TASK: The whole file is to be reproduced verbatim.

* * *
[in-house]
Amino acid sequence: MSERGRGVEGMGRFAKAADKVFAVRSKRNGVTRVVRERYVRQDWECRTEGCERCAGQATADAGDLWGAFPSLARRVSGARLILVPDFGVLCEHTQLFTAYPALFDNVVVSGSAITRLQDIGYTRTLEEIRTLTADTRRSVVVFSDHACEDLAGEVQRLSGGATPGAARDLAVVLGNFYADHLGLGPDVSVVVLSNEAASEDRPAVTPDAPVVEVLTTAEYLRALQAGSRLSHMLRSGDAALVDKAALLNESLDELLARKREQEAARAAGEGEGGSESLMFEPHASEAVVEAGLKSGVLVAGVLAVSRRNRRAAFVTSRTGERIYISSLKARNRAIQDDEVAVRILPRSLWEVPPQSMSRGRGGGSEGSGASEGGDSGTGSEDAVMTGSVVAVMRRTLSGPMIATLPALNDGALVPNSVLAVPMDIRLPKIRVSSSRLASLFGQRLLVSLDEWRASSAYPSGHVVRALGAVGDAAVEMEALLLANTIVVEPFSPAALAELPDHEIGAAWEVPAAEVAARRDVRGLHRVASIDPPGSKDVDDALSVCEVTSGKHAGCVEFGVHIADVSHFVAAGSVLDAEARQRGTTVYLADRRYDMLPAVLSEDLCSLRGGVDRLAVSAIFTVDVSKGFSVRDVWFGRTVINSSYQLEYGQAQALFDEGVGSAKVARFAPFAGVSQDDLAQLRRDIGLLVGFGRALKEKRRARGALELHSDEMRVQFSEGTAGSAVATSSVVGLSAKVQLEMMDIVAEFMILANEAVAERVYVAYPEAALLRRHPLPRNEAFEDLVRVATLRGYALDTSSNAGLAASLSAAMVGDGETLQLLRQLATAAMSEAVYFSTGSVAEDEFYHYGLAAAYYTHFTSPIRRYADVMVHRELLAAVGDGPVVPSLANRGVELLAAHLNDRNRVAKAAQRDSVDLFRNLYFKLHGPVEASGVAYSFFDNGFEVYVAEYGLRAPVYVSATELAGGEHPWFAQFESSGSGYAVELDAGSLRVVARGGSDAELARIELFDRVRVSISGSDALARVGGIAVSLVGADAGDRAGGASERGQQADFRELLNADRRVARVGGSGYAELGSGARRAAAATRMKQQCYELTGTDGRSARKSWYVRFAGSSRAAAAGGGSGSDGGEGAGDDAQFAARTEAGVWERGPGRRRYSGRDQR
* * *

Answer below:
[in-house]
Amino acid sequence: MSERGRGVEGMGRFAKAADKVFAVRSKRNGVTRVVRERYVRQDWECRTEGCERCAGQATADAGDLWGAFPSLARRVSGARLILVPDFGVLCEHTQLFTAYPALFDNVVVSGSAITRLQDIGYTRTLEEIRTLTADTRRSVVVFSDHACEDLAGEVQRLSGGATPGAARDLAVVLGNFYADHLGLGPDVSVVVLSNEAASEDRPAVTPDAPVVEVLTTAEYLRALQAGSRLSHMLRSGDAALVDKAALLNESLDELLARKREQEAARAAGEGEGGSESLMFEPHASEAVVEAGLKSGVLVAGVLAVSRRNRRAAFVTSRTGERIYISSLKARNRAIQDDEVAVRILPRSLWEVPPQSMSRGRGGGSEGSGASEGGDSGTGSEDAVMTGSVVAVMRRTLSGPMIATLPALNDGALVPNSVLAVPMDIRLPKIRVSSSRLASLFGQRLLVSLDEWRASSAYPSGHVVRALGAVGDAAVEMEALLLANTIVVEPFSPAALAELPDHEIGAAWEVPAAEVAARRDVRGLHRVASIDPPGSKDVDDALSVCEVTSGKHAGCVEFGVHIADVSHFVAAGSVLDAEARQRGTTVYLADRRYDMLPAVLSEDLCSLRGGVDRLAVSAIFTVDVSKGFSVRDVWFGRTVINSSYQLEYGQAQALFDEGVGSAKVARFAPFAGVSQDDLAQLRRDIGLLVGFGRALKEKRRARGALELHSDEMRVQFSEGTAGSAVATSSVVGLSAKVQLEMMDIVAEFMILANEAVAERVYVAYPEAALLRRHPLPRNEAFEDLVRVATLRGYALDTSSNAGLAASLSAAMVGDGETLQLLRQLATAAMSEAVYFSTGSVAEDEFYHYGLAAAYYTHFTSPIRRYADVMVHRELLAAVGDGPVVPSLANRGVELLAAHLNDRNRVAKAAQRDSVDLFRNLYFKLHGPVEASGVAYSFFDNGFEVYVAEYGLRAPVYVSATELAGGEHPWFAQFESSGSGYAVELDAGSLRVVARGGSDAELARIELFDRVRVSISGSDALARVGGIAVSLVGADAGDRAGGASERGQQADFRELLNADRRVARVGGSGYAELGSGARRAAAATRMKQQCYELTGTDGRSARKSWYVRFAGSSRAAAAGGGSGSDGGEGAGDDAQFAARTEAGVWERGPGRRRYSGRDQR